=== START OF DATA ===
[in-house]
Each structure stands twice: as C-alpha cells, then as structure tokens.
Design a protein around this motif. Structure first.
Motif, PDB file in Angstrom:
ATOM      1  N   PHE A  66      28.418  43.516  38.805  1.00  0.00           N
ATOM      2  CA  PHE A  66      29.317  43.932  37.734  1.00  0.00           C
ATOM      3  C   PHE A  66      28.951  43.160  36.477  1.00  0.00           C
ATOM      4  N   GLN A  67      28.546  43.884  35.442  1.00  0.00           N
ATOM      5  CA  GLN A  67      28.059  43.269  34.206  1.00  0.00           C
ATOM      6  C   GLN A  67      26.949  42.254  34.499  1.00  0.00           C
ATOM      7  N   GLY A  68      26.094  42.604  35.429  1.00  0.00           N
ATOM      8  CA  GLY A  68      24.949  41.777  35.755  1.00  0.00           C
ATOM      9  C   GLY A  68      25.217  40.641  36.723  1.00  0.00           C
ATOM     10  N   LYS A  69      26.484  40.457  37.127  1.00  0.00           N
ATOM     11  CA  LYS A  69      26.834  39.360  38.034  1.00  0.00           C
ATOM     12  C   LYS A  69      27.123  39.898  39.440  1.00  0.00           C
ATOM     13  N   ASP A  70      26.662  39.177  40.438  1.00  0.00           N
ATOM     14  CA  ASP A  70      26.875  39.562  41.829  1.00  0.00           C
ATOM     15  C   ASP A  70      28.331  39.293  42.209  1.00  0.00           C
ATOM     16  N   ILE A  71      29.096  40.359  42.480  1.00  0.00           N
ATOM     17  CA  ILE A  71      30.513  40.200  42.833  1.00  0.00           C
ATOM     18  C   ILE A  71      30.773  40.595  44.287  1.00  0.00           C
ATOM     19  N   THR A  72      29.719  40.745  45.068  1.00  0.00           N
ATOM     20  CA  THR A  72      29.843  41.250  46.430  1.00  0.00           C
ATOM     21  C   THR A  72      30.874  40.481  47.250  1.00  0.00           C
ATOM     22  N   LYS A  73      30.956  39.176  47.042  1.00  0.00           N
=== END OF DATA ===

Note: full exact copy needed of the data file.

[in-house]
Each structure stands twice: as C-alpha cells, then as structure tokens.
Design a protein around this motif. Structure first.
Motif, PDB file in Angstrom:
ATOM      1  N   PHE A  66      28.418  43.516  38.805  1.00  0.00           N
ATOM      2  CA  PHE A  66      29.317  43.932  37.734  1.00  0.00           C
ATOM      3  C   PHE A  66      28.951  43.160  36.477  1.00  0.00           C
ATOM      4  N   GLN A  67      28.546  43.884  35.442  1.00  0.00           N
ATOM      5  CA  GLN A  67      28.059  43.269  34.206  1.00  0.00           C
ATOM      6  C   GLN A  67      26.949  42.254  34.499  1.00  0.00           C
ATOM      7  N   GLY A  68      26.094  42.604  35.429  1.00  0.00           N
ATOM      8  CA  GLY A  68      24.949  41.777  35.755  1.00  0.00           C
ATOM      9  C   GLY A  68      25.217  40.641  36.723  1.00  0.00           C
ATOM     10  N   LYS A  69      26.484  40.457  37.127  1.00  0.00           N
ATOM     11  CA  LYS A  69      26.834  39.360  38.034  1.00  0.00           C
ATOM     12  C   LYS A  69      27.123  39.898  39.440  1.00  0.00           C
ATOM     13  N   ASP A  70      26.662  39.177  40.438  1.00  0.00           N
ATOM     14  CA  ASP A  70      26.875  39.562  41.829  1.00  0.00           C
ATOM     15  C   ASP A  70      28.331  39.293  42.209  1.00  0.00           C
ATOM     16  N   ILE A  71      29.096  40.359  42.480  1.00  0.00           N
ATOM     17  CA  ILE A  71      30.513  40.200  42.833  1.00  0.00           C
ATOM     18  C   ILE A  71      30.773  40.595  44.287  1.00  0.00           C
ATOM     19  N   THR A  72      29.719  40.745  45.068  1.00  0.00           N
ATOM     20  CA  THR A  72      29.843  41.250  46.430  1.00  0.00           C
ATOM     21  C   THR A  72      30.874  40.481  47.250  1.00  0.00           C
ATOM     22  N   LYS A  73      30.956  39.176  47.042  1.00  0.00           N